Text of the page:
City Council member Mike Dages said the City of Fresno has $4.1 million in this year’s budget to address long range homeless issues. He asked the city manager what was being done with that money. Souza said he would get him a status report. Dages said “I have a real problem with the idea of creating a tool shed, a shed like I have on the side of my house, for people to live in. I wouldn’t ask my relatives to live in it and I have a real difficult time asking the homeless to live in it. I think the quality of the city really depends on how they treat their poor, their working poor, and their homeless. I don’t think we are treating them with respect, in my personal opinion. We are struggling with affordable housing, we are struggling with this homeless situation, and it just shows to me a lack of respect by the City of Fresno.”

Councilmember Henry T Perea said that he would support the plan if it was a part of a bigger program. “If there was a plan to say OK, we are going to take this money (the $4.1 million in the city budget for homeless issues) and build transitional housing, provide some real opportunity and some real hope for these people and we had a plan that said this transitional housing will be built in the next year or two and this (the tool sheds) was going to be a stop gap measure until we can get these people into those homes, I could probably go for it. The problem is - we are not doing that.”

The vote was 4-3 with Duncan, Westerlund, Xiong, and Calhoun voting yes. Perea, Sterling, and Dages voted no.

The City of Fresno may have problems if they use the tool sheds as a legal fig leaf to destroy homeless encampments in the downtown area. In a settlement between the City of Los Angeles and the American Civil Liberties Union (ACLU) it was agreed that the police would not arrest homeless people who are camping on city property. LA made this agreement because they do not have enough housing or shelters for the large number of homeless residents. People simply have nowhere to go other than to camp on public property. To arrest them would be to criminalize poverty.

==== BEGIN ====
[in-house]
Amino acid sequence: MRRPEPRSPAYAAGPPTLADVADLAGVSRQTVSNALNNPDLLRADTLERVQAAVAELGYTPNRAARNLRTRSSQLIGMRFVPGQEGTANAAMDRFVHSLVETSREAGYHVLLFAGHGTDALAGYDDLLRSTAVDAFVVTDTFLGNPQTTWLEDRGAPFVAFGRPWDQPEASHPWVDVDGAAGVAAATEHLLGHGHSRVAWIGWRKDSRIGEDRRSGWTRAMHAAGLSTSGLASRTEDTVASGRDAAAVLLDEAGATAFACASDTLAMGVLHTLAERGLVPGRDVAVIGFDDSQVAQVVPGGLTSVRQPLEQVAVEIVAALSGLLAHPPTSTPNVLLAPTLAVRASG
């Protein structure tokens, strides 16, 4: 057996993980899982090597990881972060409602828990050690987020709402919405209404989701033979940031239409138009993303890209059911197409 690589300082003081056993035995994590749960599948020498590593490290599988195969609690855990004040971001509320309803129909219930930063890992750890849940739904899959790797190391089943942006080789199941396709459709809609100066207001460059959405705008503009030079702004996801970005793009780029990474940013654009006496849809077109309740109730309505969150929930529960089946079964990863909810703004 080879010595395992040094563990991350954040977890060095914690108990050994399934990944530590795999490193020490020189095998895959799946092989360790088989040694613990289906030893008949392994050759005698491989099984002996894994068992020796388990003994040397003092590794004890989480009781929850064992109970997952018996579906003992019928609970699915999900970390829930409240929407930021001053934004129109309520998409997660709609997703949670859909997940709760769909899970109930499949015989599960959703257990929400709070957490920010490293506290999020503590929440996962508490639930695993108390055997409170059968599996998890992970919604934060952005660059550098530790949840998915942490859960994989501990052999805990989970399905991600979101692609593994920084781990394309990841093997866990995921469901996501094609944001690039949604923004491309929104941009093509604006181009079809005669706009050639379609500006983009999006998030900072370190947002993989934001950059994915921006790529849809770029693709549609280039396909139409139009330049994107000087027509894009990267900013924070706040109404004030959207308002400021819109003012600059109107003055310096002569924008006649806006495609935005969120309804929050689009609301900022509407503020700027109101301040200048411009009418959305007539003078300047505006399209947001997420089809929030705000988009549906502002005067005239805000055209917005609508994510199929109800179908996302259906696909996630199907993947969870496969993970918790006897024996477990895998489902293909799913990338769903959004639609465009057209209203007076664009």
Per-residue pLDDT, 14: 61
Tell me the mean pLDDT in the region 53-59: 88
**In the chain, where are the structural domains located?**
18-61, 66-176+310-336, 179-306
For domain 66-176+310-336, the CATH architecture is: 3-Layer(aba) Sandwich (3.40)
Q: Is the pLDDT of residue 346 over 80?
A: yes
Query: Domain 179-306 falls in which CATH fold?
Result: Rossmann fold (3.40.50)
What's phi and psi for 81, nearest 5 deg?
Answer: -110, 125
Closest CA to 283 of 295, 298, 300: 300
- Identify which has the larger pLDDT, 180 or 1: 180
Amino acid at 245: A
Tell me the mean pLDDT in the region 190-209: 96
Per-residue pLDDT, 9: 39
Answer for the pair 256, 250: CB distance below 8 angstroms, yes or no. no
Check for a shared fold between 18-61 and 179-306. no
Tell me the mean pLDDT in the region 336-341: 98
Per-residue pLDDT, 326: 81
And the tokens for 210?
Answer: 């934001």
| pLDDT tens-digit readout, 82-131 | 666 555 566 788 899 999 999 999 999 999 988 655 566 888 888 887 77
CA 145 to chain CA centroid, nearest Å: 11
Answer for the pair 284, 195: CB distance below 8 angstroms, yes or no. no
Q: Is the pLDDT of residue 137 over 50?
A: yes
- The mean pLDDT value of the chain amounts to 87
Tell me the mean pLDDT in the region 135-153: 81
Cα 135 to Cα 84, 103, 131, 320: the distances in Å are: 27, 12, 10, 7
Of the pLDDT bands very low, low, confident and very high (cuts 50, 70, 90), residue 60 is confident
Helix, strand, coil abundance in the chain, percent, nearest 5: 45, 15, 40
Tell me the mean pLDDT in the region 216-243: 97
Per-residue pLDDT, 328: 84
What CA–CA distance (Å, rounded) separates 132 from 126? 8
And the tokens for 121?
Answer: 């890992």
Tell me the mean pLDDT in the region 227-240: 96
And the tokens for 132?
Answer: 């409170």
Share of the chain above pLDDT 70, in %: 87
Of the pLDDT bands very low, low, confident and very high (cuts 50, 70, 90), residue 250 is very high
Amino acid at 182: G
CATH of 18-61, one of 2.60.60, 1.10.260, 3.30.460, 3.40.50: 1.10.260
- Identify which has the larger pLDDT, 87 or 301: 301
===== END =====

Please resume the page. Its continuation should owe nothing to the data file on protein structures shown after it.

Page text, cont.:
The agreement allows people to sleep on sidewalks from 9 PM - 6 AM in all parts of the city, except within 10 feet of a driveway, building entrance, or driveway. The deal prohibits the police from making arrests until the City of LA has built 1,250 new affordable housing units for the homeless. City of Fresno officials are already making the argument that building 44 tool sheds (for over 8,000 homeless people) gives them the right to clear out the already existing homeless encampments. They probably won’t get away with that without a legal challenge.

What would end homelessness in Fresno? Lets start with a plan to provide affordable housing, job training, drug and alcohol rehabilitation services for those who need it, adequate mental health services, and jobs that pay a living wage. We have the resources to address this important issue. $360,000 for 44 tool sheds? We can do better than that!

For a list of articles and documents about the struggle for civil liberties for homeless people in Fresno, see:


Mike Rhodes is editor of the Community Alliance newspaper. He can be contacted by email at MikeRhodes [at]
§Does this Look Like Decent Housing to you?
by Mike Rhodes
Poverello House employees installed the first tool sheds in 2004. These tool sheds have no running water, portable toilets, heating, or cooling. Many homeless people would not force their dogs to stay in these things. If tool sheds were the answer to ending homelessness in Fresno, the problem would be solved by now.
§Caught in the Act!
by Mike Rhodes
Last year, attacks on the homeless led to a lawsuit against the City of Fresno and Caltrans. A preliminary injunction was issued to stop them from taking and immediately destroying homeless peoples property. The photo above was taken during a sweep in August 2006 on G street just south of the Rescue Mission. These are disciples from the Rescue Mission taking and destroying homeless peoples property who were living on public land. Assistant City Manager Bruce Rudd says that the city will sweep this area clean of homeless people as soon as 44 tool sheds are installed at the Poverello House.
§A message for Bubba
by Mike Rhodes
Al Williams, a homeless man from the Roeding Park area, took his message to the mayor’s “hood” in North Fresno (not far from the Starbucks) where mayor Autry is known to hang out.
§Jose Luis Barraza
by Mike Rhodes
Jose Luis Barraza, speaking before the City Council, said the proposed tool sheds were not a solution to homelessness.